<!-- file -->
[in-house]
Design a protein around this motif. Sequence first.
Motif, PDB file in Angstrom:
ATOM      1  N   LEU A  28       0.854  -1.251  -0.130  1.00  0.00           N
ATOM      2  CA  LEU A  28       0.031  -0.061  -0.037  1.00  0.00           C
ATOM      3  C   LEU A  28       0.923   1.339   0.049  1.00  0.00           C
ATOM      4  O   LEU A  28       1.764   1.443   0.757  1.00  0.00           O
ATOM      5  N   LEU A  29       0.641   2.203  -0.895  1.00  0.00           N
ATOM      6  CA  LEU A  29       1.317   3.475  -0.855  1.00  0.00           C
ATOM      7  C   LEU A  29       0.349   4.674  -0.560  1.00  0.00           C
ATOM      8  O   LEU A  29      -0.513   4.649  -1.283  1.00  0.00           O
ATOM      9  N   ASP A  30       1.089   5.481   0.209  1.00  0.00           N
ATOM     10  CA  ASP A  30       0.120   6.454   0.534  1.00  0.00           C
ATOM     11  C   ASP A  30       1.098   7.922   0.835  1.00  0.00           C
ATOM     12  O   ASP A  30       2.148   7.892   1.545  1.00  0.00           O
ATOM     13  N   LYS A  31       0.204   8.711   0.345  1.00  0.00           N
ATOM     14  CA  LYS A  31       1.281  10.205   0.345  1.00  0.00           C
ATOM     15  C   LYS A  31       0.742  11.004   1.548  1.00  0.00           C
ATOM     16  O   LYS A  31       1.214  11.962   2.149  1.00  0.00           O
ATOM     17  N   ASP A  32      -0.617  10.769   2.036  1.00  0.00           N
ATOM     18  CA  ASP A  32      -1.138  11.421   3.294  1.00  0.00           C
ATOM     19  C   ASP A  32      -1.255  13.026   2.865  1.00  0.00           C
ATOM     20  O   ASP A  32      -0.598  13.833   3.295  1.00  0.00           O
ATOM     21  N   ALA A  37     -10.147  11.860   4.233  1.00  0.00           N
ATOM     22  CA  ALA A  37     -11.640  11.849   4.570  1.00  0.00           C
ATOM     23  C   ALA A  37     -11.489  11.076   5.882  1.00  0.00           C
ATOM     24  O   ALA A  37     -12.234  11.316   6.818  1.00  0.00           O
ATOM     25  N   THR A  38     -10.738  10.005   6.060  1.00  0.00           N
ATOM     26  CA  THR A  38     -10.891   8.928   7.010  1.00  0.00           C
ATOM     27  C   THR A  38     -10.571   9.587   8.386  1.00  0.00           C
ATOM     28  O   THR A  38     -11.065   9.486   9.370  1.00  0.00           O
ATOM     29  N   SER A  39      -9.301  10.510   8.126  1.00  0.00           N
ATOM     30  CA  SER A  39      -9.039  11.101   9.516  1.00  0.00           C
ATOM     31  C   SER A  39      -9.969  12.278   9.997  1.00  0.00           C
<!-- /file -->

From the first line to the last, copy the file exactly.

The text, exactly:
[in-house]
Design a protein around this motif. Sequence first.
Motif, PDB file in Angstrom:
ATOM      1  N   LEU A  28       0.854  -1.251  -0.130  1.00  0.00           N
ATOM      2  CA  LEU A  28       0.031  -0.061  -0.037  1.00  0.00           C
ATOM      3  C   LEU A  28       0.923   1.339   0.049  1.00  0.00           C
ATOM      4  O   LEU A  28       1.764   1.443   0.757  1.00  0.00           O
ATOM      5  N   LEU A  29       0.641   2.203  -0.895  1.00  0.00           N
ATOM      6  CA  LEU A  29       1.317   3.475  -0.855  1.00  0.00           C
ATOM      7  C   LEU A  29       0.349   4.674  -0.560  1.00  0.00           C
ATOM      8  O   LEU A  29      -0.513   4.649  -1.283  1.00  0.00           O
ATOM      9  N   ASP A  30       1.089   5.481   0.209  1.00  0.00           N
ATOM     10  CA  ASP A  30       0.120   6.454   0.534  1.00  0.00           C
ATOM     11  C   ASP A  30       1.098   7.922   0.835  1.00  0.00           C
ATOM     12  O   ASP A  30       2.148   7.892   1.545  1.00  0.00           O
ATOM     13  N   LYS A  31       0.204   8.711   0.345  1.00  0.00           N
ATOM     14  CA  LYS A  31       1.281  10.205   0.345  1.00  0.00           C
ATOM     15  C   LYS A  31       0.742  11.004   1.548  1.00  0.00           C
ATOM     16  O   LYS A  31       1.214  11.962   2.149  1.00  0.00           O
ATOM     17  N   ASP A  32      -0.617  10.769   2.036  1.00  0.00           N
ATOM     18  CA  ASP A  32      -1.138  11.421   3.294  1.00  0.00           C
ATOM     19  C   ASP A  32      -1.255  13.026   2.865  1.00  0.00           C
ATOM     20  O   ASP A  32      -0.598  13.833   3.295  1.00  0.00           O
ATOM     21  N   ALA A  37     -10.147  11.860   4.233  1.00  0.00           N
ATOM     22  CA  ALA A  37     -11.640  11.849   4.570  1.00  0.00           C
ATOM     23  C   ALA A  37     -11.489  11.076   5.882  1.00  0.00           C
ATOM     24  O   ALA A  37     -12.234  11.316   6.818  1.00  0.00           O
ATOM     25  N   THR A  38     -10.738  10.005   6.060  1.00  0.00           N
ATOM     26  CA  THR A  38     -10.891   8.928   7.010  1.00  0.00           C
ATOM     27  C   THR A  38     -10.571   9.587   8.386  1.00  0.00           C
ATOM     28  O   THR A  38     -11.065   9.486   9.370  1.00  0.00           O
ATOM     29  N   SER A  39      -9.301  10.510   8.126  1.00  0.00           N
ATOM     30  CA  SER A  39      -9.039  11.101   9.516  1.00  0.00           C
ATOM     31  C   SER A  39      -9.969  12.278   9.997  1.00  0.00           C